or intangible of orders to stationers, caterers,
and florists, her fears found voice in a protest.

“But Billy, it was to be a _simple_ wedding,”
she cried.

“And so it is.”

“But what is this I hear about a breakfast?”

Billy’s chin assumed its most stubborn squareness.

“I don’t know, I’m sure, what you did hear,”
she retorted calmly.

“Billy!”

Billy laughed.  The chin was just as stubborn,
but the smiling lips above it graced it with an
air of charming concession.

“There, there, dear,” coaxed the mistress of
Hillside, “don’t fret.  Besides, I’m sure I should
think you, of all people, would want your guests
_fed!_”

“But this is so elaborate, from what I hear.”

“Nonsense!  Not a bit of it.”

“Rosa says there’ll be salads and cakes and
ices–and I don’t know what all.”

Billy looked concerned.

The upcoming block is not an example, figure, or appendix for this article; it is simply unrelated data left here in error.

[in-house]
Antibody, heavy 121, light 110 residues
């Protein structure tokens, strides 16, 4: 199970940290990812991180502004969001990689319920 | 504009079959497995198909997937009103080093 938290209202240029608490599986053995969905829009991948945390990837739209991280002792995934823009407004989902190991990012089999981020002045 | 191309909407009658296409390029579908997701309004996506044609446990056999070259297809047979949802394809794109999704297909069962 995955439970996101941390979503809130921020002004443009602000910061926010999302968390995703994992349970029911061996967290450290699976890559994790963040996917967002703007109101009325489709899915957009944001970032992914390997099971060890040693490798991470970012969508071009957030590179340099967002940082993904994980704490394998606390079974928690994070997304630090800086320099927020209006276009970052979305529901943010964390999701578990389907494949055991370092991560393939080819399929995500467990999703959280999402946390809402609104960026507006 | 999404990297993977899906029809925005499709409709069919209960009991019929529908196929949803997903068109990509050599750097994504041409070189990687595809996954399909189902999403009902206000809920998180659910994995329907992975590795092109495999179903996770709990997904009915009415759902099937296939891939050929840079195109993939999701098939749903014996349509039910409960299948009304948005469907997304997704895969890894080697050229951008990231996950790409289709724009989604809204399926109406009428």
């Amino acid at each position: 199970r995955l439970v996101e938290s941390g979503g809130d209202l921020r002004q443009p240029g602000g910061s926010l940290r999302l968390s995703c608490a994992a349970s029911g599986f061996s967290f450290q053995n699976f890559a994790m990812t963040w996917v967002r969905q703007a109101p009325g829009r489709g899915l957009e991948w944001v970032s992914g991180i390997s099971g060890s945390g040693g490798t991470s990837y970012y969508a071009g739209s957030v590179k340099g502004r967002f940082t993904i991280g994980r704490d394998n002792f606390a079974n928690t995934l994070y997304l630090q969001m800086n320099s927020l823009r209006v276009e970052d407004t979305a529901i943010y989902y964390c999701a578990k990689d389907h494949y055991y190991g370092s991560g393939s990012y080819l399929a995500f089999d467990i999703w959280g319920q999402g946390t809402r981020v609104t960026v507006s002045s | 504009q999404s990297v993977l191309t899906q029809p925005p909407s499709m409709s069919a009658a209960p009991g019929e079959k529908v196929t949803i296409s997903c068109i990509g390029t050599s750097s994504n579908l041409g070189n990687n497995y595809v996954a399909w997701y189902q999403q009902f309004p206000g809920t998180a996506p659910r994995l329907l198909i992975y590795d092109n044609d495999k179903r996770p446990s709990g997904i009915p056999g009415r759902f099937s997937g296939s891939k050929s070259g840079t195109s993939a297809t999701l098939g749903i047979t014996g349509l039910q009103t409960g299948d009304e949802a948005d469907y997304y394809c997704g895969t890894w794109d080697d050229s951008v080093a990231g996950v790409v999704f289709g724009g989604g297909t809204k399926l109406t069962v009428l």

“Well, of course, Marie, if you’d _rather_ have
oatmeal and doughnuts,” she began with kind
solicitude; but she got no farther.

“Billy!” besought the bride elect.  “Won’t
you be serious?  And there’s the cake in wedding
boxes, too.”

“I know, but boxes are so much easier and
cleaner than–just fingers,” apologized an anxiously
serious voice.

Marie answered with an indignant, grieved
glance and hurried on.

“And the flowers–roses, dozens of them,
in December!  Billy, I can’t let you do all this
for me.”

“Nonsense, dear!” laughed Billy.  “Why, I
love to do it.  Besides, when you’re gone, just
think how lonesome I’ll be!  I shall have to adopt
somebody else then–now that Mary Jane has